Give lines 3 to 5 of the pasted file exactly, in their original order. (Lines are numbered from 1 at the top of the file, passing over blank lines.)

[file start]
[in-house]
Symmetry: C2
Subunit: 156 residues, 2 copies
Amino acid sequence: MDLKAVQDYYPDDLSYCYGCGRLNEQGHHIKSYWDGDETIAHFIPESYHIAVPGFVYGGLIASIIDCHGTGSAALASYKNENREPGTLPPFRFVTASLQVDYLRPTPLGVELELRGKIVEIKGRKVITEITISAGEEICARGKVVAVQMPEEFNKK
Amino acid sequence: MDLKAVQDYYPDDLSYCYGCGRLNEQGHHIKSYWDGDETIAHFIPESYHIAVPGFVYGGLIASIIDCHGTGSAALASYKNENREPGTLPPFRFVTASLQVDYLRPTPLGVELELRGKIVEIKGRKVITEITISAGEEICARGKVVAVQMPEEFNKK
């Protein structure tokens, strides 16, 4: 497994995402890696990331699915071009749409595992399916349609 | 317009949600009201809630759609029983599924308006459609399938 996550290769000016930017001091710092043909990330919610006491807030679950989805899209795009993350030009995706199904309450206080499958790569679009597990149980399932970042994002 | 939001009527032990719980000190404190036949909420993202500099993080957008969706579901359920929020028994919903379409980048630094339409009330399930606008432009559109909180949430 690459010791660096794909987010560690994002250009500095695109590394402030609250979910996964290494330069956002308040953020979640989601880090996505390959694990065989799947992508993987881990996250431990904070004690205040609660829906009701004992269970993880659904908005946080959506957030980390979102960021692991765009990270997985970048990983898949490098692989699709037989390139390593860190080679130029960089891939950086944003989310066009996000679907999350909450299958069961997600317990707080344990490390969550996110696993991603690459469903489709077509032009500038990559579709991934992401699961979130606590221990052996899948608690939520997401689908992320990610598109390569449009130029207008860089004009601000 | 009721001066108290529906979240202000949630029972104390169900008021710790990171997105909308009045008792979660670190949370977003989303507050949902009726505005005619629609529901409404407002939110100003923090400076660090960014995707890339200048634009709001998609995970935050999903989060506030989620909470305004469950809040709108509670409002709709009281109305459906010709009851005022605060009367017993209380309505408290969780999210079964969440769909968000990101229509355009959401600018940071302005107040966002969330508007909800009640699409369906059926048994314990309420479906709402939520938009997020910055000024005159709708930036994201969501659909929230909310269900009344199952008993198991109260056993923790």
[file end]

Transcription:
Subunit: 156 residues, 2 copies
Amino acid sequence: MDLKAVQDYYPDDLSYCYGCGRLNEQGHHIKSYWDGDETIAHFIPESYHIAVPGFVYGGLIASIIDCHGTGSAALASYKNENREPGTLPPFRFVTASLQVDYLRPTPLGVELELRGKIVEIKGRKVITEITISAGEEICARGKVVAVQMPEEFNKK
Amino acid sequence: MDLKAVQDYYPDDLSYCYGCGRLNEQGHHIKSYWDGDETIAHFIPESYHIAVPGFVYGGLIASIIDCHGTGSAALASYKNENREPGTLPPFRFVTASLQVDYLRPTPLGVELELRGKIVEIKGRKVITEITISAGEEICARGKVVAVQMPEEFNKK